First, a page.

How I Wrote, Illustrated and Published My First Children’s Picture Book

day after my daughter was born, I started reading children’s books to her—nearly every night, three to four books. Miles was born three years later, and then I read to both of them. I love this bedtime ritual: Seeing their bright faces grow tired, and their heavy eyelids close before my eyes, is something I don’t take for granted.

I love being a father, more than I could have possibly imagined. I never imagined it for myself to begin with, so it’s surprising to both be a father and to enjoy it as much as I do.

Before the pandemic, we’d go each Saturday and get 30 or 40 new books at the Joshua Tree library (which has a fantastic collection). Even though there were hundreds of excellent books, there were stories about the world and self-discovery I wanted to tell Florence and Miles that I never found on the bookshelves.

Illustrating it.

I’ve always loved drawing, mostly that love has found expression through storyboards for short films and commercials in a previous life. So, I started fiddling around with paper and pencil, but that didn’t feel right. I tried using pens and markers, but that didn’t build my confidence much. I went to my laptop and played around with Illustrator, and although they turned out better, they felt generic. Finally, I picked up a tablet and stylus, downloaded a drawing app, and started creating something that felt more like me. I drew things that I did and didn’t like for a few months before settling on a style.

Around that time, I chose which book I’d illustrate first: An Unforgettable World. I decided on this one because I had not read that many travel books for children that described all the majestic spaces and places and animals and natural phenomena that I think make this world feel magical. I’ve often found myself describing an eclipse or how a manta ray glides or the sheer scale of the Grand Canyon, and I wanted something we could come back to and perhaps selfishly, aspire to see together.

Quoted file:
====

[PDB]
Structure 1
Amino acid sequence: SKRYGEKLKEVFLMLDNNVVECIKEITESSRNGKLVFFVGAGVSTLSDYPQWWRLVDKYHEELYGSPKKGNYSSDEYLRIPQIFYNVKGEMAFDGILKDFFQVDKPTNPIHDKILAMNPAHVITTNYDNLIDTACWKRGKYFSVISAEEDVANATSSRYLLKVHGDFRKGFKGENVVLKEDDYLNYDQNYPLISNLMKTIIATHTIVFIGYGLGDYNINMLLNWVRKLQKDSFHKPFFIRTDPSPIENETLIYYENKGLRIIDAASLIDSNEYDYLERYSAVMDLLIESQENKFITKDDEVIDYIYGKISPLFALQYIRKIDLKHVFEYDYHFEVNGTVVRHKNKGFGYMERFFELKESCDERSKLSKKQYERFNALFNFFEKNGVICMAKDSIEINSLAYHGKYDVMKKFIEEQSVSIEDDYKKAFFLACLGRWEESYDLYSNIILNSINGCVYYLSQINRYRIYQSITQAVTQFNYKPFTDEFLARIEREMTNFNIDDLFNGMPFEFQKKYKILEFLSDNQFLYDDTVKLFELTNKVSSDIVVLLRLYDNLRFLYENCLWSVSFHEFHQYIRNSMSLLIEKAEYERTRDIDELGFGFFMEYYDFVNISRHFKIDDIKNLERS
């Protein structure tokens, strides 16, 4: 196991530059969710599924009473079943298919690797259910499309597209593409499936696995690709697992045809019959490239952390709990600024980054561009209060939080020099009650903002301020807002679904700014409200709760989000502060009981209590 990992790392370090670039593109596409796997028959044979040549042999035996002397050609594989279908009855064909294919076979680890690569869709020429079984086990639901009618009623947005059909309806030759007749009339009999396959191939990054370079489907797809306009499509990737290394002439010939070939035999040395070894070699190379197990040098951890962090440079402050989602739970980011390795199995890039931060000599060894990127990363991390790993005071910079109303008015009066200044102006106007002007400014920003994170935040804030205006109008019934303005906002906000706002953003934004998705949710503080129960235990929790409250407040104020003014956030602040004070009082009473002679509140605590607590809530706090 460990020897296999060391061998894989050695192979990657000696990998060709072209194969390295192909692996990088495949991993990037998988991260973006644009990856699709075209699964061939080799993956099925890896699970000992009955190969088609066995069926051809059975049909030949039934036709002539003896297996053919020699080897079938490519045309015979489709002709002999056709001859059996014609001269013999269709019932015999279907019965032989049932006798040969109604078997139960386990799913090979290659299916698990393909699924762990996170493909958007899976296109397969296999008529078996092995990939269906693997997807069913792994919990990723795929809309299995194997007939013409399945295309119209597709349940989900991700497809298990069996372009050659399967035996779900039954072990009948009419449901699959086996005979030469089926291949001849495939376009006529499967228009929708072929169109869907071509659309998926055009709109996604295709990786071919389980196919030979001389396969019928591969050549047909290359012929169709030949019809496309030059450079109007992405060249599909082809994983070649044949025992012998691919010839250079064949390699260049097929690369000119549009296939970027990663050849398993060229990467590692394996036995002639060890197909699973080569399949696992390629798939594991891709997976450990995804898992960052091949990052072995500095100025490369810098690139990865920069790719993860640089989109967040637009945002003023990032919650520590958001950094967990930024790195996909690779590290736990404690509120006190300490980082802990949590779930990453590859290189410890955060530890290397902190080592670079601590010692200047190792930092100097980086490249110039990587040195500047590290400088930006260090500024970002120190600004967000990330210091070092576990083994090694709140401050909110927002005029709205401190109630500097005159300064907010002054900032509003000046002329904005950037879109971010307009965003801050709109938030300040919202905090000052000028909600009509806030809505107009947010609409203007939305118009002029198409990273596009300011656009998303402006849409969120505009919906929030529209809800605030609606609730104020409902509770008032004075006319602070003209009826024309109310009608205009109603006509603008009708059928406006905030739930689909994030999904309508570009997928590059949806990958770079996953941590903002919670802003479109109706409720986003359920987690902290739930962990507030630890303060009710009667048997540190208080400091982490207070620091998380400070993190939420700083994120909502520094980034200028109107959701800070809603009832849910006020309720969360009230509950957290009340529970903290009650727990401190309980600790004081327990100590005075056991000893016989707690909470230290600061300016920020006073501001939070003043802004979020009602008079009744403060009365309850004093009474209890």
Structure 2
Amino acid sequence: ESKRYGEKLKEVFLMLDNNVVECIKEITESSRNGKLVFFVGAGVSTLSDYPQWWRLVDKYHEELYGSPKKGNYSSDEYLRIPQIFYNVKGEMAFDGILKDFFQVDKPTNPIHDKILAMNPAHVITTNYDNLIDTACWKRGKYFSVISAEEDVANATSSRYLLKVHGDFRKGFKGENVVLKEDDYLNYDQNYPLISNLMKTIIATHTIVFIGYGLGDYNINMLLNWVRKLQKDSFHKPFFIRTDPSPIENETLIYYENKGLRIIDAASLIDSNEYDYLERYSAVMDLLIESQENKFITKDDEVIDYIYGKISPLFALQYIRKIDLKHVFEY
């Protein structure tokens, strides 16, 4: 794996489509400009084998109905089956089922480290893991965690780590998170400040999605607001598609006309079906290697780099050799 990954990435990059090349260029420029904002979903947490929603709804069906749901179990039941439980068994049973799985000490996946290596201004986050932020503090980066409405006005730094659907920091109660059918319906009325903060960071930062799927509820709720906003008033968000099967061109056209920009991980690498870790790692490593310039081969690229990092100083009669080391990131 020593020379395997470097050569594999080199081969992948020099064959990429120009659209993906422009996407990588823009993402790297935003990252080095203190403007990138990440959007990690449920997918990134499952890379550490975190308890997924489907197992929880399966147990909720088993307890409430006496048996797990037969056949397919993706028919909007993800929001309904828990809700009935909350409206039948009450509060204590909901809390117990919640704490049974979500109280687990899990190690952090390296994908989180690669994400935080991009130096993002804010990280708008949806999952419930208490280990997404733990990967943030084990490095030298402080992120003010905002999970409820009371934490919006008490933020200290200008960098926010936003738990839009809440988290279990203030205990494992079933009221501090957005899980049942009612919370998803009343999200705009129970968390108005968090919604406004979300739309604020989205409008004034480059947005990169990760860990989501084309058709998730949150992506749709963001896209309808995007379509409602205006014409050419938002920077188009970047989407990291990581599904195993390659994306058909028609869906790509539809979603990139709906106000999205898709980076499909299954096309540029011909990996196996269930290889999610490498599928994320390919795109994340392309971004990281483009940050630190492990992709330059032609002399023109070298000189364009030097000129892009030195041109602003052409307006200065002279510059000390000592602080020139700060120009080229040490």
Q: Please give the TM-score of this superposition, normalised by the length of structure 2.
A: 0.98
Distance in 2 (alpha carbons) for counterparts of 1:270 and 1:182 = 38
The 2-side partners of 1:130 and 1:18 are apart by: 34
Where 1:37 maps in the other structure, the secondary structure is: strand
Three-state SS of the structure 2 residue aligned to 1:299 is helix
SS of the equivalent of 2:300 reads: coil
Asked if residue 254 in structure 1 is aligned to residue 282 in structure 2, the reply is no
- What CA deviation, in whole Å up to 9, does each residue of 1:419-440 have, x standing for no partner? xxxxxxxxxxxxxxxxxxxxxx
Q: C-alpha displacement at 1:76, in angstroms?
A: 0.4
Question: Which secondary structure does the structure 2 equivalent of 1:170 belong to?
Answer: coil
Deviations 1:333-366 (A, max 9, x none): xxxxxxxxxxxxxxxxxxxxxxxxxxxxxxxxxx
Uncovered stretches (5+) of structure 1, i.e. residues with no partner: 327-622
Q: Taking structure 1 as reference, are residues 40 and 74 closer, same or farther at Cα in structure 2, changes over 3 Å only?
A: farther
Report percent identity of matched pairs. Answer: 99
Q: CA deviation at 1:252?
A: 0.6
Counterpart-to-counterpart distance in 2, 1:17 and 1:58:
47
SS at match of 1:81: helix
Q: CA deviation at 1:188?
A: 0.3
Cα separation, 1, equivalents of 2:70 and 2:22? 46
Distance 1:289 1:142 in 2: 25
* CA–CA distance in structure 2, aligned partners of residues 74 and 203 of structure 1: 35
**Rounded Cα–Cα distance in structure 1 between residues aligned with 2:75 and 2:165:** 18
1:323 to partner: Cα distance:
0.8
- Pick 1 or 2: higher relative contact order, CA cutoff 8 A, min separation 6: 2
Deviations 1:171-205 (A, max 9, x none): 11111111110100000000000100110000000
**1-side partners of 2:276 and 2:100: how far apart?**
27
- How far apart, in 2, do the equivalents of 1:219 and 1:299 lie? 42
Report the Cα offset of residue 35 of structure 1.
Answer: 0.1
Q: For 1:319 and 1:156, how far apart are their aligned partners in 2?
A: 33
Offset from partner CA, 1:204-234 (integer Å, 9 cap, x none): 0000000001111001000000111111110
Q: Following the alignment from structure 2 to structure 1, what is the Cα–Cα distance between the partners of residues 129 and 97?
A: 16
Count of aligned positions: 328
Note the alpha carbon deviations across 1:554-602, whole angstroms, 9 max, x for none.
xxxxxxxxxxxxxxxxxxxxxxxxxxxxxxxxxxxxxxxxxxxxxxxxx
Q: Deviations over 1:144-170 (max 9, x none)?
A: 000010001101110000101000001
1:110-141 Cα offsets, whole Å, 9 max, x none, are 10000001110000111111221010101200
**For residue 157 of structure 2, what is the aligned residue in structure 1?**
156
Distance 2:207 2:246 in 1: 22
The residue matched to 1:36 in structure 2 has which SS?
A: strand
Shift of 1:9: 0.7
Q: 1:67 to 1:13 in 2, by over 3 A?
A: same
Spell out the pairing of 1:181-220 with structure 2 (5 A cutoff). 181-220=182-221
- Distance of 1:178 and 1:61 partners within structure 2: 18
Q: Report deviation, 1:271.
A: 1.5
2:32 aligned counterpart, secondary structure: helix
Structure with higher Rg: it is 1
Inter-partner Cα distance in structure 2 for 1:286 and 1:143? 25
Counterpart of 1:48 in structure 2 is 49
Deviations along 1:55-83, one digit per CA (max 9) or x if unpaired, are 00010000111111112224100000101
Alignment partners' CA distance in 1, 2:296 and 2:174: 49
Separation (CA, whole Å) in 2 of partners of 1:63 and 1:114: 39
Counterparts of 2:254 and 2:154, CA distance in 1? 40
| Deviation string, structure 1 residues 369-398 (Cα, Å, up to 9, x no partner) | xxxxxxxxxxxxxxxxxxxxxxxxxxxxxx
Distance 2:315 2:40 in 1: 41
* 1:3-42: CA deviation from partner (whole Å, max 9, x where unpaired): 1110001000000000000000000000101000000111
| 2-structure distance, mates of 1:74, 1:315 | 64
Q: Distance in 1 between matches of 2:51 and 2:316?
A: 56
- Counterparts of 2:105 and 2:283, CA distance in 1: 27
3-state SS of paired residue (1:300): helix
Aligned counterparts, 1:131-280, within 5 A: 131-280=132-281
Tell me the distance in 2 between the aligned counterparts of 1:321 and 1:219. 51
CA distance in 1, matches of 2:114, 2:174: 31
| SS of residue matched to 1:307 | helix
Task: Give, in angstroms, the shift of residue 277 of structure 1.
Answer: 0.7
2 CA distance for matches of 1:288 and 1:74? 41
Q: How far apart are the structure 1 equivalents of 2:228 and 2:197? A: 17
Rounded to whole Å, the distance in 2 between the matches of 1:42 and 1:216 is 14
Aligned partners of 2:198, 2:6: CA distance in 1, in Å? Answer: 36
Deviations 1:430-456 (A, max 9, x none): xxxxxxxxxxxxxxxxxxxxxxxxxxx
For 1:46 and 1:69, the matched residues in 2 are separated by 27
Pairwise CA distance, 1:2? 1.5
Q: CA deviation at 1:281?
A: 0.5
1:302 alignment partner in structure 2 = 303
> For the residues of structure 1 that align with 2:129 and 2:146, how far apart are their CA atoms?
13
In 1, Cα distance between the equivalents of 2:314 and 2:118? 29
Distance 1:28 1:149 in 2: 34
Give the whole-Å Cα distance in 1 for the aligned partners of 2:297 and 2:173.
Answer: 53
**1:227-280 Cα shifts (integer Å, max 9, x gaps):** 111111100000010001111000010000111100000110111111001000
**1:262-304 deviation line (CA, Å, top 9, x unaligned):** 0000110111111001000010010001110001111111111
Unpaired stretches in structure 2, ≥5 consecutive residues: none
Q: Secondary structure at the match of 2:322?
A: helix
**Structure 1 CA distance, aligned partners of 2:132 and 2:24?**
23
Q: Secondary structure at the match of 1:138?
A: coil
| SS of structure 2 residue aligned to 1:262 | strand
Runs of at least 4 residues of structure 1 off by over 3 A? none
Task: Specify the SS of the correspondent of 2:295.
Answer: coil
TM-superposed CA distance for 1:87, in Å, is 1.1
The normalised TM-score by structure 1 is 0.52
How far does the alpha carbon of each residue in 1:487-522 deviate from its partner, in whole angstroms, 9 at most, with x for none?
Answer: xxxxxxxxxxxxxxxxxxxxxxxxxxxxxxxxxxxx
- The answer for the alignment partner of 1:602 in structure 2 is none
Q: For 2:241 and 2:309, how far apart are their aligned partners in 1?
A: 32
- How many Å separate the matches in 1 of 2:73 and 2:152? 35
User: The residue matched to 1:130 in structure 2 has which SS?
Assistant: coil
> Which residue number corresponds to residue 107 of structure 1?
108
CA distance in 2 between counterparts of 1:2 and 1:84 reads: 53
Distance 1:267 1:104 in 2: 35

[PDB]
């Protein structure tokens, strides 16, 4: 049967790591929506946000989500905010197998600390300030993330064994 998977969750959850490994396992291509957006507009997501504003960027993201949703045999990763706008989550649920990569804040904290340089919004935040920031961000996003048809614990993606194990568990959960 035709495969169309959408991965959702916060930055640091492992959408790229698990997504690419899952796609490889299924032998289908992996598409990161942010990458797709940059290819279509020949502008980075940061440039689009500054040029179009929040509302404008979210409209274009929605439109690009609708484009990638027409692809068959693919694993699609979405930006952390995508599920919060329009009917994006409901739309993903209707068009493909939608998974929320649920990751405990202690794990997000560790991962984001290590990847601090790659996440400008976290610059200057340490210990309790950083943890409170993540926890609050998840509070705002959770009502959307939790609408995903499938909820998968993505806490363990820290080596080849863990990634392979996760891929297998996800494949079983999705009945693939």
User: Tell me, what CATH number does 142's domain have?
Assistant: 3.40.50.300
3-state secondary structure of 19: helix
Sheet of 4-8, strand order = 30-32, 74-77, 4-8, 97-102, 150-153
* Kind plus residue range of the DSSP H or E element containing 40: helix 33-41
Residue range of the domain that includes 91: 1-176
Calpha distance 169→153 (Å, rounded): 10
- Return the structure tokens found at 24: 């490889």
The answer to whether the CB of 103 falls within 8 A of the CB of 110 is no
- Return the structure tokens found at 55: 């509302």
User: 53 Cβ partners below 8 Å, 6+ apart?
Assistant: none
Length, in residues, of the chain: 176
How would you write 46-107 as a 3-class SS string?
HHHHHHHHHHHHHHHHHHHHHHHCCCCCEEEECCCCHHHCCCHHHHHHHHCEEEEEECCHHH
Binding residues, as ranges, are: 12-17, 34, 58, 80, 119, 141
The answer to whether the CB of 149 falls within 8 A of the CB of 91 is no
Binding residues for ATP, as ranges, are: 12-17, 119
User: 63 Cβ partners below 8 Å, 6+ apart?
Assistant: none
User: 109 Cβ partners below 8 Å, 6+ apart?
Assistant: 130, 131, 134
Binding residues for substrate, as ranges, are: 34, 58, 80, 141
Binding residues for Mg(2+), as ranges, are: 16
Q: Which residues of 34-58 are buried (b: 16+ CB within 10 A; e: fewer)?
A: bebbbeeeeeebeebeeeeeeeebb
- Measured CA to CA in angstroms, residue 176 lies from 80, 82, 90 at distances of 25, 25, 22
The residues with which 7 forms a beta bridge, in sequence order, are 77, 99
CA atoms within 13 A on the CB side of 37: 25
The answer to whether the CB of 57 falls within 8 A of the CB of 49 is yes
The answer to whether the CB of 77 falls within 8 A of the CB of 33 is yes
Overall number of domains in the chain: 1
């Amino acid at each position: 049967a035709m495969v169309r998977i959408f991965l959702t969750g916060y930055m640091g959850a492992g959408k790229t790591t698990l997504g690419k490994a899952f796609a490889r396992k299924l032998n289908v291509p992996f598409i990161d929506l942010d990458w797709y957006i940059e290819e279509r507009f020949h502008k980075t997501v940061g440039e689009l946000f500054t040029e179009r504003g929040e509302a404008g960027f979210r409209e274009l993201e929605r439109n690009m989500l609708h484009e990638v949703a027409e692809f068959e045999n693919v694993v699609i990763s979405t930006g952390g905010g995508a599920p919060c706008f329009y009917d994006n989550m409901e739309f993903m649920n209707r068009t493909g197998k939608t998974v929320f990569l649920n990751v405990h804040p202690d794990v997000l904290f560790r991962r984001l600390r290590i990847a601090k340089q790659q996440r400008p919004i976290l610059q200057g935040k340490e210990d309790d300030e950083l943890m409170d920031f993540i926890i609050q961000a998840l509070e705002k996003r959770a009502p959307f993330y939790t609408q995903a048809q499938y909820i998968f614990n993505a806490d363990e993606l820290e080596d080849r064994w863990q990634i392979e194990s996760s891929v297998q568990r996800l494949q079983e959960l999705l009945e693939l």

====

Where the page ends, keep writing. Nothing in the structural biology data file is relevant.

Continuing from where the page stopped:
It took me about six months to draw all of the illustrations, which was longer than I’d initially expected. But then again, I never expected to write a children’s book, so many surprises have happened since fatherhood began. 

After completing the illustrations, I cobbled the words and art into a book using InDesign. There was an easy to install plug-in for a platform called Blurb that allowed me to upload and print a prototype. I used that service as a way to experiment and understand how to improve the book. I spoke with parents, kids, and friends to help guide me in this mission. And I finally ended up with something my children asked me to read them a few times each week.

Picking a path.